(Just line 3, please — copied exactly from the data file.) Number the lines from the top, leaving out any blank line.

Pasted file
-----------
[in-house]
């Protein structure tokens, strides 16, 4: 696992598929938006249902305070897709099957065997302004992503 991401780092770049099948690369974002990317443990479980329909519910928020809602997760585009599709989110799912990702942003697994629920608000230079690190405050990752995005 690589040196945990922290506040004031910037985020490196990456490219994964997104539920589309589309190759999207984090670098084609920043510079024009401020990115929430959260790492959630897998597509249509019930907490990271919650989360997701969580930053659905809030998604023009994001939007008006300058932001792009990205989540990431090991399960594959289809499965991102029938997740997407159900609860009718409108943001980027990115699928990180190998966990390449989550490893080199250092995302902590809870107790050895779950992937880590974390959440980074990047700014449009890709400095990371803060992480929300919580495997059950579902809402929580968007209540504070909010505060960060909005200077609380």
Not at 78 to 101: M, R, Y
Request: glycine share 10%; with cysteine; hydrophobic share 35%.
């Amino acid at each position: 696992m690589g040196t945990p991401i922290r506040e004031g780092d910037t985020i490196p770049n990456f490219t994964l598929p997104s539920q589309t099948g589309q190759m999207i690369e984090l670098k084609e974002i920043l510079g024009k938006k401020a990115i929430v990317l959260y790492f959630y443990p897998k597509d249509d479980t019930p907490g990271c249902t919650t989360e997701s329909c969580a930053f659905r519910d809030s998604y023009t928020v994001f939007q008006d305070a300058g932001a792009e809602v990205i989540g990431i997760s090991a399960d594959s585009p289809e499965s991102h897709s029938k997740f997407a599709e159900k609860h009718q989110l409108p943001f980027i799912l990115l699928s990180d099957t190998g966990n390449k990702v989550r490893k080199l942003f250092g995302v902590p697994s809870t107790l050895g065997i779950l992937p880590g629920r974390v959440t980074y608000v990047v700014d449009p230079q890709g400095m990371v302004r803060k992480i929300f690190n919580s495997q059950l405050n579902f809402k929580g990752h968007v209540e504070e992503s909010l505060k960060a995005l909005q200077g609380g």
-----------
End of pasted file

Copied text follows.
Not at 78 to 101: M, R, Y